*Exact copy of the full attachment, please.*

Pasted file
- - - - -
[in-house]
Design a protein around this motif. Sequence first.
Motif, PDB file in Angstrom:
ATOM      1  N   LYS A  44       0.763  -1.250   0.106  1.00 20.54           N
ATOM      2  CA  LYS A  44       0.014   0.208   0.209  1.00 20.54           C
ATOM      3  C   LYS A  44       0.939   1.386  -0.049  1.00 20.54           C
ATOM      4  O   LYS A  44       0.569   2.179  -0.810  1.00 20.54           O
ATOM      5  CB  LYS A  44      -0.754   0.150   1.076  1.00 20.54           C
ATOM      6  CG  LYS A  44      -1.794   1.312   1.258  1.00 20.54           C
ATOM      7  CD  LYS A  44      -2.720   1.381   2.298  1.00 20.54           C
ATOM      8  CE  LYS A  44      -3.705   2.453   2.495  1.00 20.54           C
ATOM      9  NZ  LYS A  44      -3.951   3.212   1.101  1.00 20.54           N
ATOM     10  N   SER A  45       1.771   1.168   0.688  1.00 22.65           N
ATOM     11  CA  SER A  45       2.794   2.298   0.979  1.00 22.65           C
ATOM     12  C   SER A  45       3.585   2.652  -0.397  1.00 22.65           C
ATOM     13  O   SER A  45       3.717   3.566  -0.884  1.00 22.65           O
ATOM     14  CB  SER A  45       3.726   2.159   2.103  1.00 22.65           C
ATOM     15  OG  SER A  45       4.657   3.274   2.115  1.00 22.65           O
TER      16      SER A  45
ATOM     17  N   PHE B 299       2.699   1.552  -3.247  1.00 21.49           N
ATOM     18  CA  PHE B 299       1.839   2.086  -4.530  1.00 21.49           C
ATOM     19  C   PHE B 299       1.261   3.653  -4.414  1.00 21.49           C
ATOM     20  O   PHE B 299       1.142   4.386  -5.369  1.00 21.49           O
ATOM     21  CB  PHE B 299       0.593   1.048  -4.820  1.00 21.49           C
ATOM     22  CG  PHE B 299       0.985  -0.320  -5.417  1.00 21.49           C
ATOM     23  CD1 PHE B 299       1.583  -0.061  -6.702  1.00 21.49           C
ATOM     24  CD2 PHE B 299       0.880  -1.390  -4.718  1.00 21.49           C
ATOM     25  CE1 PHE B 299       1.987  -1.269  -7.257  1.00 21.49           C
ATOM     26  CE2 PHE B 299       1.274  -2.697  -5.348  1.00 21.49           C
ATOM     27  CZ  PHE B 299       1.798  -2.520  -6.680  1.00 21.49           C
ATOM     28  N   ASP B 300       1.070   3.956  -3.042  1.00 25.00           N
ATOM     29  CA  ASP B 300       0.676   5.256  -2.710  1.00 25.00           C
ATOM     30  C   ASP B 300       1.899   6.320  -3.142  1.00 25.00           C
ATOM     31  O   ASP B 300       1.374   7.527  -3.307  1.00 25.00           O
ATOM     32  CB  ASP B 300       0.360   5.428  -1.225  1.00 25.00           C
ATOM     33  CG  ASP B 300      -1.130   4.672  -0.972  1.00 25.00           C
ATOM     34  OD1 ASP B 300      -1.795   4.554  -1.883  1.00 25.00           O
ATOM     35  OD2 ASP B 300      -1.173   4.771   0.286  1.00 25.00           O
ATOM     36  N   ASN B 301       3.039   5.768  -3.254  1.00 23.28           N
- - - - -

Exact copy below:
[in-house]
Design a protein around this motif. Sequence first.
Motif, PDB file in Angstrom:
ATOM      1  N   LYS A  44       0.763  -1.250   0.106  1.00 20.54           N
ATOM      2  CA  LYS A  44       0.014   0.208   0.209  1.00 20.54           C
ATOM      3  C   LYS A  44       0.939   1.386  -0.049  1.00 20.54           C
ATOM      4  O   LYS A  44       0.569   2.179  -0.810  1.00 20.54           O
ATOM      5  CB  LYS A  44      -0.754   0.150   1.076  1.00 20.54           C
ATOM      6  CG  LYS A  44      -1.794   1.312   1.258  1.00 20.54           C
ATOM      7  CD  LYS A  44      -2.720   1.381   2.298  1.00 20.54           C
ATOM      8  CE  LYS A  44      -3.705   2.453   2.495  1.00 20.54           C
ATOM      9  NZ  LYS A  44      -3.951   3.212   1.101  1.00 20.54           N
ATOM     10  N   SER A  45       1.771   1.168   0.688  1.00 22.65           N
ATOM     11  CA  SER A  45       2.794   2.298   0.979  1.00 22.65           C
ATOM     12  C   SER A  45       3.585   2.652  -0.397  1.00 22.65           C
ATOM     13  O   SER A  45       3.717   3.566  -0.884  1.00 22.65           O
ATOM     14  CB  SER A  45       3.726   2.159   2.103  1.00 22.65           C
ATOM     15  OG  SER A  45       4.657   3.274   2.115  1.00 22.65           O
TER      16      SER A  45
ATOM     17  N   PHE B 299       2.699   1.552  -3.247  1.00 21.49           N
ATOM     18  CA  PHE B 299       1.839   2.086  -4.530  1.00 21.49           C
ATOM     19  C   PHE B 299       1.261   3.653  -4.414  1.00 21.49           C
ATOM     20  O   PHE B 299       1.142   4.386  -5.369  1.00 21.49           O
ATOM     21  CB  PHE B 299       0.593   1.048  -4.820  1.00 21.49           C
ATOM     22  CG  PHE B 299       0.985  -0.320  -5.417  1.00 21.49           C
ATOM     23  CD1 PHE B 299       1.583  -0.061  -6.702  1.00 21.49           C
ATOM     24  CD2 PHE B 299       0.880  -1.390  -4.718  1.00 21.49           C
ATOM     25  CE1 PHE B 299       1.987  -1.269  -7.257  1.00 21.49           C
ATOM     26  CE2 PHE B 299       1.274  -2.697  -5.348  1.00 21.49           C
ATOM     27  CZ  PHE B 299       1.798  -2.520  -6.680  1.00 21.49           C
ATOM     28  N   ASP B 300       1.070   3.956  -3.042  1.00 25.00           N
ATOM     29  CA  ASP B 300       0.676   5.256  -2.710  1.00 25.00           C
ATOM     30  C   ASP B 300       1.899   6.320  -3.142  1.00 25.00           C
ATOM     31  O   ASP B 300       1.374   7.527  -3.307  1.00 25.00           O
ATOM     32  CB  ASP B 300       0.360   5.428  -1.225  1.00 25.00           C
ATOM     33  CG  ASP B 300      -1.130   4.672  -0.972  1.00 25.00           C
ATOM     34  OD1 ASP B 300      -1.795   4.554  -1.883  1.00 25.00           O
ATOM     35  OD2 ASP B 300      -1.173   4.771   0.286  1.00 25.00           O
ATOM     36  N   ASN B 301       3.039   5.768  -3.254  1.00 23.28           N